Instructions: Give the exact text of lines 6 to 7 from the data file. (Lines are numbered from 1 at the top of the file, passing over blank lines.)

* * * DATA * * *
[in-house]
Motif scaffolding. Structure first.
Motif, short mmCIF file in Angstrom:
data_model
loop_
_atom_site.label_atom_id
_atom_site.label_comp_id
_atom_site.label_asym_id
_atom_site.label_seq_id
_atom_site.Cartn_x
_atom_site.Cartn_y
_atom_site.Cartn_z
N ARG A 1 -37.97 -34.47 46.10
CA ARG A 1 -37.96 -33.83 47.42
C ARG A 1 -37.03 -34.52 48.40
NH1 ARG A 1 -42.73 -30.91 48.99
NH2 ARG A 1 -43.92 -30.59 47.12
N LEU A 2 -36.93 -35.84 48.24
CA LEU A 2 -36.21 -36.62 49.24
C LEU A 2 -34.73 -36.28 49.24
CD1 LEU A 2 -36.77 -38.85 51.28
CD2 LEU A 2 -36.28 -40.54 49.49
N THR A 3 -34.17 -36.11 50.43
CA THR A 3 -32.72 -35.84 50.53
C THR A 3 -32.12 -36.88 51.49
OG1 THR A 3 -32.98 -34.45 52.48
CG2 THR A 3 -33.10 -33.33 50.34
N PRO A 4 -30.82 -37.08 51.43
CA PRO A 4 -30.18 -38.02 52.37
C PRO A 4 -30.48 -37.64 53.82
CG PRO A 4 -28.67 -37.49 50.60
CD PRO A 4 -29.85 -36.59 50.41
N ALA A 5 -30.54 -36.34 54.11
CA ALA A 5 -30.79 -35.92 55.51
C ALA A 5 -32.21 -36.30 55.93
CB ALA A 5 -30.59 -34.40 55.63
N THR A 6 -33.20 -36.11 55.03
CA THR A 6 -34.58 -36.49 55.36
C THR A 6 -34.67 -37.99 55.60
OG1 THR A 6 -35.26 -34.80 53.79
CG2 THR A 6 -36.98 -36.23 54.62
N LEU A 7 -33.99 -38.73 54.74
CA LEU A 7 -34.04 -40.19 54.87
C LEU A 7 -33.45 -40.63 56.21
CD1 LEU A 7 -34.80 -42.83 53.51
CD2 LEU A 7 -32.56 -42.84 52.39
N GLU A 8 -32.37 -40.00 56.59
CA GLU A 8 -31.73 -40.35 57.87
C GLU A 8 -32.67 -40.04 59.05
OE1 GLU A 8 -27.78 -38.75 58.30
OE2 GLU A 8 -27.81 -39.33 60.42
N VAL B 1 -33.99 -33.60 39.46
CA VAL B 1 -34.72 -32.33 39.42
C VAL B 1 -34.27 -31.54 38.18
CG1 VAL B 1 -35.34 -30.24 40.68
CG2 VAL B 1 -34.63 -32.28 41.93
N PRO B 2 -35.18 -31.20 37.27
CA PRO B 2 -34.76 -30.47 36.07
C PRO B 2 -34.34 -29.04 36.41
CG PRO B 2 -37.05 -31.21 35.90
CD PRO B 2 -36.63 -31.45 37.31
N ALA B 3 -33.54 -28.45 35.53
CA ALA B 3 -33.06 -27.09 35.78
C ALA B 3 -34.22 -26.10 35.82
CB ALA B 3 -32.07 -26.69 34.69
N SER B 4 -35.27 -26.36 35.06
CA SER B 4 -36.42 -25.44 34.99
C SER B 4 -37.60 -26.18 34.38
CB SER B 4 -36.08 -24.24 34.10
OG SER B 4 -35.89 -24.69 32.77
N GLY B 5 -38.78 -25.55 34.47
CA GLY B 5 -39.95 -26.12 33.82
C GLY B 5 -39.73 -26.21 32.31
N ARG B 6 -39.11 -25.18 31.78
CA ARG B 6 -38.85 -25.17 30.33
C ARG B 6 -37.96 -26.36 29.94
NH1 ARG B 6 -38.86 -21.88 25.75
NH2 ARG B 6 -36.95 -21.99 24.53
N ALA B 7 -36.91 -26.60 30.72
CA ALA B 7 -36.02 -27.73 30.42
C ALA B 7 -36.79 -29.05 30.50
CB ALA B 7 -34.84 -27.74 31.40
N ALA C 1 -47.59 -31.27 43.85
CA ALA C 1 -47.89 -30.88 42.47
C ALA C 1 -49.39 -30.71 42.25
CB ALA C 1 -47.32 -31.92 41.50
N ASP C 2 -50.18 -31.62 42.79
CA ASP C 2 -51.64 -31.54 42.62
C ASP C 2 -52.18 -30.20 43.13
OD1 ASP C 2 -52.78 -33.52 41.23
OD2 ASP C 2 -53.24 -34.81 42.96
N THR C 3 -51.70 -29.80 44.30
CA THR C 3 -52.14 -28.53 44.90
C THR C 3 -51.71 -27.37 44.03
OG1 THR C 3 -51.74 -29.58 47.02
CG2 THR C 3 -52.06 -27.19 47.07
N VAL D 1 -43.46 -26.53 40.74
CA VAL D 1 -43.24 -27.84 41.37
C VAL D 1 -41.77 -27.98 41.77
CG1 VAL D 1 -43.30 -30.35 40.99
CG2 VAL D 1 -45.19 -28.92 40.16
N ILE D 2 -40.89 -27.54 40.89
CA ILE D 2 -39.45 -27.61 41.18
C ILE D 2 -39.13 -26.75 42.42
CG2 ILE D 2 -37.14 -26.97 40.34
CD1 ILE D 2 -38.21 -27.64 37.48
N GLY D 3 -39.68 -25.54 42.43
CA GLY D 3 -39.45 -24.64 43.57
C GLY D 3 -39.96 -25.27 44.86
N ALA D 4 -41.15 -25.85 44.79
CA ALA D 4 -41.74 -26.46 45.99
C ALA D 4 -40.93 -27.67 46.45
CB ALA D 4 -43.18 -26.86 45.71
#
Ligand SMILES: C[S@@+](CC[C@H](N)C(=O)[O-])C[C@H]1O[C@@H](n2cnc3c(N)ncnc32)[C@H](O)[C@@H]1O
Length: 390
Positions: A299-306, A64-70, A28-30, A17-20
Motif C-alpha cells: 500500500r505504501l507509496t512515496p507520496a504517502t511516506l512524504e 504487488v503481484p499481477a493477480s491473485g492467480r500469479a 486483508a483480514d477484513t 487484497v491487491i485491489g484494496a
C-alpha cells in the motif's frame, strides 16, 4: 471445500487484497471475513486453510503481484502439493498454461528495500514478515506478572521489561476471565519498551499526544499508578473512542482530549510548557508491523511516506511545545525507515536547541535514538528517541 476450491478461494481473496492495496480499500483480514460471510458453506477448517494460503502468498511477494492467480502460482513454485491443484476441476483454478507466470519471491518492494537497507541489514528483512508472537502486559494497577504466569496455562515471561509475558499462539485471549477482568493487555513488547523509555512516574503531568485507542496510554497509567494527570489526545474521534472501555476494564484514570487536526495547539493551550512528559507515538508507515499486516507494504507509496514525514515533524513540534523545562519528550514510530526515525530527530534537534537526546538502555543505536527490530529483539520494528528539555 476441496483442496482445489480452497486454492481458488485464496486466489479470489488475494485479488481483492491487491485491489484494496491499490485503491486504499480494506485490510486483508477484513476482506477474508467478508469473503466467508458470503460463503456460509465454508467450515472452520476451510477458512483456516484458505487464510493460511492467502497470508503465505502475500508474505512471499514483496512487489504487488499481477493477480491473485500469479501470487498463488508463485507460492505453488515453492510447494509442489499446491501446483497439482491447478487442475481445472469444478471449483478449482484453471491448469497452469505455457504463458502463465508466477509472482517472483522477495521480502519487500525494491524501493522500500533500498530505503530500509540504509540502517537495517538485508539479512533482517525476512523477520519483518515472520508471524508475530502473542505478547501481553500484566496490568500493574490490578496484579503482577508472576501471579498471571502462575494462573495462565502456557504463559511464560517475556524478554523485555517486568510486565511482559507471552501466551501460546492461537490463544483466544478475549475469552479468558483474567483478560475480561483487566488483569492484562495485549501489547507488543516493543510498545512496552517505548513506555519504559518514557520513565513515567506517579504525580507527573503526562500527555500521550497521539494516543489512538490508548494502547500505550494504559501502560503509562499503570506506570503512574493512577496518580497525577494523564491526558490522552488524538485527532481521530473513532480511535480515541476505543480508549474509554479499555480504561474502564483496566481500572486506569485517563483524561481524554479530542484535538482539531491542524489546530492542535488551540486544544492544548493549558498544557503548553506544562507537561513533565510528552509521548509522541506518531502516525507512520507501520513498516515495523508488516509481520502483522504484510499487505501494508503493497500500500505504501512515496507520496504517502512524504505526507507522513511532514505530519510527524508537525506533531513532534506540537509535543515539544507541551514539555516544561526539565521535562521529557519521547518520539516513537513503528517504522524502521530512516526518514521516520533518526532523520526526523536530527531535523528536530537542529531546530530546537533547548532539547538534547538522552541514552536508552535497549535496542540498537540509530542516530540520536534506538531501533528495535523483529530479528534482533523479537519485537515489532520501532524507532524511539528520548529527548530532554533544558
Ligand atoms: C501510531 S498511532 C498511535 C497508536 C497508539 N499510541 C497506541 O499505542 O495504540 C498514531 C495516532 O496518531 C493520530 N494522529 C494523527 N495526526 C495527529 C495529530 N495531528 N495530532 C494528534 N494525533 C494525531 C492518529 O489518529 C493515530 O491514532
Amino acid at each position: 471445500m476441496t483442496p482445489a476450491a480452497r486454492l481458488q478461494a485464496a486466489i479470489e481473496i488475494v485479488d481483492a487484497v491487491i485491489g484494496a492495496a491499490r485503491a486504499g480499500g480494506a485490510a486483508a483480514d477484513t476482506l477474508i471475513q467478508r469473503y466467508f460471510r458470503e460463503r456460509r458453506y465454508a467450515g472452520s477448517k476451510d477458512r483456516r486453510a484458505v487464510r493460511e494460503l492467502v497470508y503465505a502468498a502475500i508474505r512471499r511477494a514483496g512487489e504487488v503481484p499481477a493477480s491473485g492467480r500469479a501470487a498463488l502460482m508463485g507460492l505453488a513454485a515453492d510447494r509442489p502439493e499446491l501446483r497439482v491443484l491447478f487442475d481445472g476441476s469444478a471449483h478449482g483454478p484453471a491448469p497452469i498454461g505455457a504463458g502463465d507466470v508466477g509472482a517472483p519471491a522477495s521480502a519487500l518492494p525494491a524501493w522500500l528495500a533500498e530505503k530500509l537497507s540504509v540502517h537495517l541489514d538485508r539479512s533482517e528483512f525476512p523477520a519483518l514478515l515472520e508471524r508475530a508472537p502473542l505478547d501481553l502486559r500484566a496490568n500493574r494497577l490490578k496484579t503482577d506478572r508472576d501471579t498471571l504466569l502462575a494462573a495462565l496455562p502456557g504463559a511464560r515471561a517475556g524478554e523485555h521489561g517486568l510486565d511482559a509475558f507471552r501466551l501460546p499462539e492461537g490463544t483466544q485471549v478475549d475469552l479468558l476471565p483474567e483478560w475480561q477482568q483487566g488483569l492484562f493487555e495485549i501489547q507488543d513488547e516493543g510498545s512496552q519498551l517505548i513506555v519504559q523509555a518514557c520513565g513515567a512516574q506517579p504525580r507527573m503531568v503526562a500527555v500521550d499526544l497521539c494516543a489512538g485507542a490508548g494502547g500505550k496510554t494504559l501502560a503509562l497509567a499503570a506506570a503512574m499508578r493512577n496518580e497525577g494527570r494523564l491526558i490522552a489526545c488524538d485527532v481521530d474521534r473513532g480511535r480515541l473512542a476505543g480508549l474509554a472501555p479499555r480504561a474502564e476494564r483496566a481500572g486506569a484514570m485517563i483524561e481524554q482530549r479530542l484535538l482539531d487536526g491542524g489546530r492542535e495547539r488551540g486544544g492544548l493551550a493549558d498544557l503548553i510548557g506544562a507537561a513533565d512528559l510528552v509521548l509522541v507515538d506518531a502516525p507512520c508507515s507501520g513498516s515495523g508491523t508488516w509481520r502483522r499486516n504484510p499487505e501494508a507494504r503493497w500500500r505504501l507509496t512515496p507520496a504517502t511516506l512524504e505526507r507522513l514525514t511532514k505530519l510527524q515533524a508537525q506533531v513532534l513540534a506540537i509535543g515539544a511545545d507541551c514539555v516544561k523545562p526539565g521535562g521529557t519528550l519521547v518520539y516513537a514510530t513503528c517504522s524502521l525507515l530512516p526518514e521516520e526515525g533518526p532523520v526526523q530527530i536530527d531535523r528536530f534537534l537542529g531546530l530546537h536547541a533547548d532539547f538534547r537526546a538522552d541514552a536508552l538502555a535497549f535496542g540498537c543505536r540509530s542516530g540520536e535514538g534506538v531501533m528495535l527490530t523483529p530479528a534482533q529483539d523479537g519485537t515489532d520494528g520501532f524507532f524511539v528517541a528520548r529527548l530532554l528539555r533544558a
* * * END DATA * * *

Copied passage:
_atom_site.label_atom_id
_atom_site.label_comp_id